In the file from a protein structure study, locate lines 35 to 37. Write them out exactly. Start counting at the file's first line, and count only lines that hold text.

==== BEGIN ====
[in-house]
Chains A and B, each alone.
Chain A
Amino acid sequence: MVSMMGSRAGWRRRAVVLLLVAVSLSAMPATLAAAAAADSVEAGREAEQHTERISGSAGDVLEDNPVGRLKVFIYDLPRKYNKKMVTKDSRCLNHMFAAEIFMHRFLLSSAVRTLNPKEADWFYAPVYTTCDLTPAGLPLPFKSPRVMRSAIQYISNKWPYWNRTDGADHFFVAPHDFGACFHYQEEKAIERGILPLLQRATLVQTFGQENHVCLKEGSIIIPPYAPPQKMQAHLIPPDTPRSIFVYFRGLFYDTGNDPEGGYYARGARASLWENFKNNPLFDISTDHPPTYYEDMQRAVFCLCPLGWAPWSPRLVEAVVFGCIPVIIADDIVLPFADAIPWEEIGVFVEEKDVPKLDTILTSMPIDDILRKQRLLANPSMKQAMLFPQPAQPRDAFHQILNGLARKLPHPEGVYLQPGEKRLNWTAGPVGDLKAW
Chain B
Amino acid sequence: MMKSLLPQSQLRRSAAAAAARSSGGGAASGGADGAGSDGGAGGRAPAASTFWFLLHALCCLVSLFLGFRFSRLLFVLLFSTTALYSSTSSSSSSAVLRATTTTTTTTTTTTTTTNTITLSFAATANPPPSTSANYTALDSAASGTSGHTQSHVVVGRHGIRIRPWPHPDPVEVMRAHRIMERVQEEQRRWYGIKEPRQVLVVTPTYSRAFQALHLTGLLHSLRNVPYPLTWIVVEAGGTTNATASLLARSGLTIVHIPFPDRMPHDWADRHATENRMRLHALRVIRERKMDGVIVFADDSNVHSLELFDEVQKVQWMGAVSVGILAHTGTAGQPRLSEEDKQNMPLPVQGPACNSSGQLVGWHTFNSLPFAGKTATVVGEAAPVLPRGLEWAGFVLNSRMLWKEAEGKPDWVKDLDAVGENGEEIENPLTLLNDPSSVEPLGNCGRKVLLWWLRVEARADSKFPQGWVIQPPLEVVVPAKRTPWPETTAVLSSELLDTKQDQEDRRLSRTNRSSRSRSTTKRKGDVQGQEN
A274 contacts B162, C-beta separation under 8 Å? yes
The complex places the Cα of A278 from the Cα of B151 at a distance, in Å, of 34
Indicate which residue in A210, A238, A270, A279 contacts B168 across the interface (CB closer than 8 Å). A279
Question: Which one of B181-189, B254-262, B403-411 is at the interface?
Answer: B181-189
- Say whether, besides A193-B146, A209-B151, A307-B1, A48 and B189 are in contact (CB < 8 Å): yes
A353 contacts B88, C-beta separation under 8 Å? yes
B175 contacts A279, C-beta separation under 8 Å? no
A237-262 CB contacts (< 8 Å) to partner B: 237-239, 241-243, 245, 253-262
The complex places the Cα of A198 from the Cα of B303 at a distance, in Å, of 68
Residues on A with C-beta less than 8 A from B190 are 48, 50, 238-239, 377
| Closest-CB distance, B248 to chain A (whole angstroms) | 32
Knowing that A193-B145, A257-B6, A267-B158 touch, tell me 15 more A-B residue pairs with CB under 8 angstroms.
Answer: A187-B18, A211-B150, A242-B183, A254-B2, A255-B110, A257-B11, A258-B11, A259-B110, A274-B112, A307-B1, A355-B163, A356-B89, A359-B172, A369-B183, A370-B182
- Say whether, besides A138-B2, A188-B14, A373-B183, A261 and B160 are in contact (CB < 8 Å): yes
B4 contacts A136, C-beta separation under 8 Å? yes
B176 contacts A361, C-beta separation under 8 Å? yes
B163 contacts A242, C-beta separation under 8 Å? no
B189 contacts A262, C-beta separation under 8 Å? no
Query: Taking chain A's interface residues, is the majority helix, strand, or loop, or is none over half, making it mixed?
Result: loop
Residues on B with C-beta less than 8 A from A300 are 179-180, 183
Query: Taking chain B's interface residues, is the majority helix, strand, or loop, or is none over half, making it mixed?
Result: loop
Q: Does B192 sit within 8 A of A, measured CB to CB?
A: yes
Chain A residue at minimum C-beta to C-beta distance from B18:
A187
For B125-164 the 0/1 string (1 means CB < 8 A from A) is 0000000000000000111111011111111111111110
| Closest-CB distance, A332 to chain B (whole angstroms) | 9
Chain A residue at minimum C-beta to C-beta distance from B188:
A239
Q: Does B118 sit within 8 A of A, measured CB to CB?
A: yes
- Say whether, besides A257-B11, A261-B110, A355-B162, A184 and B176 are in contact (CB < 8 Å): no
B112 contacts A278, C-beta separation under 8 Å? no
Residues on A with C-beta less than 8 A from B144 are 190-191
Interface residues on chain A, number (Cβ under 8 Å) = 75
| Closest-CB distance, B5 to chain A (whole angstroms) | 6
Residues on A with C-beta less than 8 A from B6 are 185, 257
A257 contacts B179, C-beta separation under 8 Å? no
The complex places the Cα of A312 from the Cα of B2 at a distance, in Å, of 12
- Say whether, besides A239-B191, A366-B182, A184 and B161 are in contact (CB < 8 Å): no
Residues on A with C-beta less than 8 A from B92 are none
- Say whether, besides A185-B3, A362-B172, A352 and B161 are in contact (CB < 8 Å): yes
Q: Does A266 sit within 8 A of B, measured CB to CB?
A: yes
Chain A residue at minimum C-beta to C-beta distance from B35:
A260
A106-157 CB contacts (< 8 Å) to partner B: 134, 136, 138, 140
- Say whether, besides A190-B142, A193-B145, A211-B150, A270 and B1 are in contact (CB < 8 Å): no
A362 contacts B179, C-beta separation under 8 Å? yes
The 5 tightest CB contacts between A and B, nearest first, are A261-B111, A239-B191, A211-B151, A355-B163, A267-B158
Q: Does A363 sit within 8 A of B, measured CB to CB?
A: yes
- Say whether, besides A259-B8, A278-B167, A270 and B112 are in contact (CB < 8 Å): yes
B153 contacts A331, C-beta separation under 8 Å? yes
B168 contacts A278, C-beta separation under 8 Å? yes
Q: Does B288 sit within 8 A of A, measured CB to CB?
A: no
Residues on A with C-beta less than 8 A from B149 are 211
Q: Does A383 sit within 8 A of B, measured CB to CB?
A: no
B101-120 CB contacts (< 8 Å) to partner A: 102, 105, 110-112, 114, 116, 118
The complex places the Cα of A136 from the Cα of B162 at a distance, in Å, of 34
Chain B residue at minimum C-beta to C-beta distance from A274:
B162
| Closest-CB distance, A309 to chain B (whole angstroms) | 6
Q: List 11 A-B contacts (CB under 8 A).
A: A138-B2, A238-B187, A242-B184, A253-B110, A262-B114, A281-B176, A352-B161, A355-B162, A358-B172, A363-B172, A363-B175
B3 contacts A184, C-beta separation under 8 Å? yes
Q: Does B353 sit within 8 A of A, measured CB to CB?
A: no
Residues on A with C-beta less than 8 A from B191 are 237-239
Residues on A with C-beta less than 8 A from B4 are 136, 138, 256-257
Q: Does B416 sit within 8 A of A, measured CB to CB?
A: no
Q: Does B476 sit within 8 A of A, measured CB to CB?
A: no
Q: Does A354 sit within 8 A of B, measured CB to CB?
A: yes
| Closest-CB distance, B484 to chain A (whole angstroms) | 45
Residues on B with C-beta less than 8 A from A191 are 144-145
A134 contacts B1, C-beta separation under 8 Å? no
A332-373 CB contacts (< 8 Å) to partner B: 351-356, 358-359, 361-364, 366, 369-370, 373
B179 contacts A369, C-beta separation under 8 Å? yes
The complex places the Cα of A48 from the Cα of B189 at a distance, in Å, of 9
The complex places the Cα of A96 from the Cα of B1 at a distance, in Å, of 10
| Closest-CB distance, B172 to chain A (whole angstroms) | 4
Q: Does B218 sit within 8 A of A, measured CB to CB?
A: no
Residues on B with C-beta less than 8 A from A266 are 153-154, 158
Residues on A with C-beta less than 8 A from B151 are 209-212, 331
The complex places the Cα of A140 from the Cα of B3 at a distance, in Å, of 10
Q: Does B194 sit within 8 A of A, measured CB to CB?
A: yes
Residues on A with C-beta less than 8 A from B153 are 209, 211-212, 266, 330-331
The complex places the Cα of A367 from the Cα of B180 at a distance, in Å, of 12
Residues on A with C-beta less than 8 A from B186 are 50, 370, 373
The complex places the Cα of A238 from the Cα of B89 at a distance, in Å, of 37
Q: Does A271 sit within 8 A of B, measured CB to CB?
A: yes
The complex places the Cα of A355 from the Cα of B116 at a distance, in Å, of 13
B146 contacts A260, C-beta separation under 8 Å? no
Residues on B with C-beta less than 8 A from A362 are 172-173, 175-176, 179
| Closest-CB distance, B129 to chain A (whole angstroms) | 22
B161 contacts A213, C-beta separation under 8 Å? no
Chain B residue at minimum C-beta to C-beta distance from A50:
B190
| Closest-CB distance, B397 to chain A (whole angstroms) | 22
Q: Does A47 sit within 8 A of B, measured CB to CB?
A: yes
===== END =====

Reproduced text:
For B125-164 the 0/1 string (1 means CB < 8 A from A) is 0000000000000000111111011111111111111110
| Closest-CB distance, A332 to chain B (whole angstroms) | 9
Chain A residue at minimum C-beta to C-beta distance from B188: